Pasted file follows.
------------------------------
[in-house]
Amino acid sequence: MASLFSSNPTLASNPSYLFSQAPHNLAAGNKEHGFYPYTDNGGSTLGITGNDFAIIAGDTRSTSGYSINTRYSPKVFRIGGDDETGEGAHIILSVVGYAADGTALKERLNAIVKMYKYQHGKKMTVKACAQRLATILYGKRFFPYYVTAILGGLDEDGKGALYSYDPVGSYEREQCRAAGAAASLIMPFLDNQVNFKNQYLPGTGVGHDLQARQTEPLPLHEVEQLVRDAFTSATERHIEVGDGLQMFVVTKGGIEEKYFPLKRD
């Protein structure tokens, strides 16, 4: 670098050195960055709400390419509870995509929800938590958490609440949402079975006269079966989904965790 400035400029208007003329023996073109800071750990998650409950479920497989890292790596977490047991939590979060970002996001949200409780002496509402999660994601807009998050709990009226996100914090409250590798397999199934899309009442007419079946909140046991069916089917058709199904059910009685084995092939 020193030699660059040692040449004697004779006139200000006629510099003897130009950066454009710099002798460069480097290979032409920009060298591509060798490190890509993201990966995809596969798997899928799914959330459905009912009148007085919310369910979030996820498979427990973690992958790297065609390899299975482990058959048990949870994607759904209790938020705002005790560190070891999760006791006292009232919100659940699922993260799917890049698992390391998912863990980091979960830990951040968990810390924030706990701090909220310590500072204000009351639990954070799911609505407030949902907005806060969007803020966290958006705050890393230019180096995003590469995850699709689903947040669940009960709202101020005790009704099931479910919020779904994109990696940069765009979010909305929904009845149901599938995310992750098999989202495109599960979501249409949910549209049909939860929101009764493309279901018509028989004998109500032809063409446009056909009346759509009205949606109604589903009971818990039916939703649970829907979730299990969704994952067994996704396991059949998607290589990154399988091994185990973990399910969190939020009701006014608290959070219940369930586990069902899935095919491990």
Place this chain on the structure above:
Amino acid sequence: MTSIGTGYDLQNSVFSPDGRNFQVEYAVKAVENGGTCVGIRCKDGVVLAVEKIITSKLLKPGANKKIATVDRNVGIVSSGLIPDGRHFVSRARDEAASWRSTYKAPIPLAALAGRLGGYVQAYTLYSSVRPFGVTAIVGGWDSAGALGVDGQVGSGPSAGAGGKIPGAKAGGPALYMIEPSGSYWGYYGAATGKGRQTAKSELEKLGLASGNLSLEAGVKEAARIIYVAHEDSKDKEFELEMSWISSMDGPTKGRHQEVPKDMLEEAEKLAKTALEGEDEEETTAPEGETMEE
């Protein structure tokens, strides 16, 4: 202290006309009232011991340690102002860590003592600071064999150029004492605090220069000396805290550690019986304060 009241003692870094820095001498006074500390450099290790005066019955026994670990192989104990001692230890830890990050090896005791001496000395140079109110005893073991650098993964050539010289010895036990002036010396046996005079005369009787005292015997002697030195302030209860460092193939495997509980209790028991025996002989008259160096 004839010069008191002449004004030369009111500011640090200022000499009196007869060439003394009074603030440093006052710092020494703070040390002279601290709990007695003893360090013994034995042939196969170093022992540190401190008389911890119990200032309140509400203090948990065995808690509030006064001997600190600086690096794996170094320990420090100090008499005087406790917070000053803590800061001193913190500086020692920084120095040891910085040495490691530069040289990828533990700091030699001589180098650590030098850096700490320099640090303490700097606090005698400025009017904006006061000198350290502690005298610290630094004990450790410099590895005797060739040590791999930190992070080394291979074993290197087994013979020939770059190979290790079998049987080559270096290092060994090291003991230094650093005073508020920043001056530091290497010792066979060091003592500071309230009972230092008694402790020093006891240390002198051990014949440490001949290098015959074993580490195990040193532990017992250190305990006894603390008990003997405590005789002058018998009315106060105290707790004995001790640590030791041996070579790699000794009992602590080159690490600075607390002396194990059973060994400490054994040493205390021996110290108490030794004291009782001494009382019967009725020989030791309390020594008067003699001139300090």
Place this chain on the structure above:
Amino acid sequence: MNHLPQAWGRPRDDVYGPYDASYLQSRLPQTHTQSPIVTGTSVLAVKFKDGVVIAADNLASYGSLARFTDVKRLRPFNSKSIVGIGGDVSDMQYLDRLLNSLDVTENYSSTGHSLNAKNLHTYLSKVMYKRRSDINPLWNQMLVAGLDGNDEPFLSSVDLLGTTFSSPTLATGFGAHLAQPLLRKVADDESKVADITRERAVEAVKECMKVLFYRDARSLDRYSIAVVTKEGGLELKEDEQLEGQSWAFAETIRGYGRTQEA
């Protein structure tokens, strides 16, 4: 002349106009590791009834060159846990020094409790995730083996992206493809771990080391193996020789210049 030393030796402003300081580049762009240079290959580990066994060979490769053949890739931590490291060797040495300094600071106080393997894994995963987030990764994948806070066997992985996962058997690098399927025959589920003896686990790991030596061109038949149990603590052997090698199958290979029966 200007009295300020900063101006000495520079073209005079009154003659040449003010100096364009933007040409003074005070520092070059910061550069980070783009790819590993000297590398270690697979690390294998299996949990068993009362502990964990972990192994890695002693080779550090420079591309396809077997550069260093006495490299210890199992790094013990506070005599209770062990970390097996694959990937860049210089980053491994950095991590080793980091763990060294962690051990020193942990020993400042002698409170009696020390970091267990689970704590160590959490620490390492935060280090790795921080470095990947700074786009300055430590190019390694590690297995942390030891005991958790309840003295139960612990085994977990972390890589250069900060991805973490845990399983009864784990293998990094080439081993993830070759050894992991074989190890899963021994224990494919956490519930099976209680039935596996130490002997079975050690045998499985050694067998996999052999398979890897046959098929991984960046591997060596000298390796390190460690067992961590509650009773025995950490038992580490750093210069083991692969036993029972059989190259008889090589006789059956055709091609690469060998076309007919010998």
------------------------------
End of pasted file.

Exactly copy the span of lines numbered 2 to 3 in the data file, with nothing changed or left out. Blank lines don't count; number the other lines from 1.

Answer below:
Amino acid sequence: MASLFSSNPTLASNPSYLFSQAPHNLAAGNKEHGFYPYTDNGGSTLGITGNDFAIIAGDTRSTSGYSINTRYSPKVFRIGGDDETGEGAHIILSVVGYAADGTALKERLNAIVKMYKYQHGKKMTVKACAQRLATILYGKRFFPYYVTAILGGLDEDGKGALYSYDPVGSYEREQCRAAGAAASLIMPFLDNQVNFKNQYLPGTGVGHDLQARQTEPLPLHEVEQLVRDAFTSATERHIEVGDGLQMFVVTKGGIEEKYFPLKRD
């Protein structure tokens, strides 16, 4: 670098050195960055709400390419509870995509929800938590958490609440949402079975006269079966989904965790 400035400029208007003329023996073109800071750990998650409950479920497989890292790596977490047991939590979060970002996001949200409780002496509402999660994601807009998050709990009226996100914090409250590798397999199934899309009442007419079946909140046991069916089917058709199904059910009685084995092939 020193030699660059040692040449004697004779006139200000006629510099003897130009950066454009710099002798460069480097290979032409920009060298591509060798490190890509993201990966995809596969798997899928799914959330459905009912009148007085919310369910979030996820498979427990973690992958790297065609390899299975482990058959048990949870994607759904209790938020705002005790560190070891999760006791006292009232919100659940699922993260799917890049698992390391998912863990980091979960830990951040968990810390924030706990701090909220310590500072204000009351639990954070799911609505407030949902907005806060969007803020966290958006705050890393230019180096995003590469995850699709689903947040669940009960709202101020005790009704099931479910919020779904994109990696940069765009979010909305929904009845149901599938995310992750098999989202495109599960979501249409949910549209049909939860929101009764493309279901018509028989004998109500032809063409446009056909009346759509009205949606109604589903009971818990039916939703649970829907979730299990969704994952067994996704396991059949998607290589990154399988091994185990973990399910969190939020009701006014608290959070219940369930586990069902899935095919491990």